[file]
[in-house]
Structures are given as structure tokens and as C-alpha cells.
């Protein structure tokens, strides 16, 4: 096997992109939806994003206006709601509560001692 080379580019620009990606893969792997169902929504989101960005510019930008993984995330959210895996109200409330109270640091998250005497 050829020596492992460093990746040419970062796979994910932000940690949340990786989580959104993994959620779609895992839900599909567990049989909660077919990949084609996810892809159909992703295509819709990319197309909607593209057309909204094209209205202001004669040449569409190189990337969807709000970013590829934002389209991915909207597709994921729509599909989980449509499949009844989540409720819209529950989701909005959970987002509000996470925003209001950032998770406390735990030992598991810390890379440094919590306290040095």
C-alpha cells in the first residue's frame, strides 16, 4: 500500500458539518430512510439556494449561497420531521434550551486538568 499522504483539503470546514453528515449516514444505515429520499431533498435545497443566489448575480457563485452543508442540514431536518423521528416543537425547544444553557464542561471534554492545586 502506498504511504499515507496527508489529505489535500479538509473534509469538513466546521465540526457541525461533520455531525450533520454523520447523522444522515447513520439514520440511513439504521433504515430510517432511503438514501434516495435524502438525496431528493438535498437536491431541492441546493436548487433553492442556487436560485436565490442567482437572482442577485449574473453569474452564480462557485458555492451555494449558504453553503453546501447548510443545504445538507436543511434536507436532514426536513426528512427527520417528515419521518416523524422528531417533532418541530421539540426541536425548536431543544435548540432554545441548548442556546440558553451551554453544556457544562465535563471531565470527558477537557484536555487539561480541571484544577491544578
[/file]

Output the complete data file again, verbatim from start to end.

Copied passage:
[in-house]
Structures are given as structure tokens and as C-alpha cells.
């Protein structure tokens, strides 16, 4: 096997992109939806994003206006709601509560001692 080379580019620009990606893969792997169902929504989101960005510019930008993984995330959210895996109200409330109270640091998250005497 050829020596492992460093990746040419970062796979994910932000940690949340990786989580959104993994959620779609895992839900599909567990049989909660077919990949084609996810892809159909992703295509819709990319197309909607593209057309909204094209209205202001004669040449569409190189990337969807709000970013590829934002389209991915909207597709994921729509599909989980449509499949009844989540409720819209529950989701909005959970987002509000996470925003209001950032998770406390735990030992598991810390890379440094919590306290040095």
C-alpha cells in the first residue's frame, strides 16, 4: 500500500458539518430512510439556494449561497420531521434550551486538568 499522504483539503470546514453528515449516514444505515429520499431533498435545497443566489448575480457563485452543508442540514431536518423521528416543537425547544444553557464542561471534554492545586 502506498504511504499515507496527508489529505489535500479538509473534509469538513466546521465540526457541525461533520455531525450533520454523520447523522444522515447513520439514520440511513439504521433504515430510517432511503438514501434516495435524502438525496431528493438535498437536491431541492441546493436548487433553492442556487436560485436565490442567482437572482442577485449574473453569474452564480462557485458555492451555494449558504453553503453546501447548510443545504445538507436543511434536507436532514426536513426528512427527520417528515419521518416523524422528531417533532418541530421539540426541536425548536431543544435548540432554545441548548442556546440558553451551554453544556457544562465535563471531565470527558477537557484536555487539561480541571484544577491544578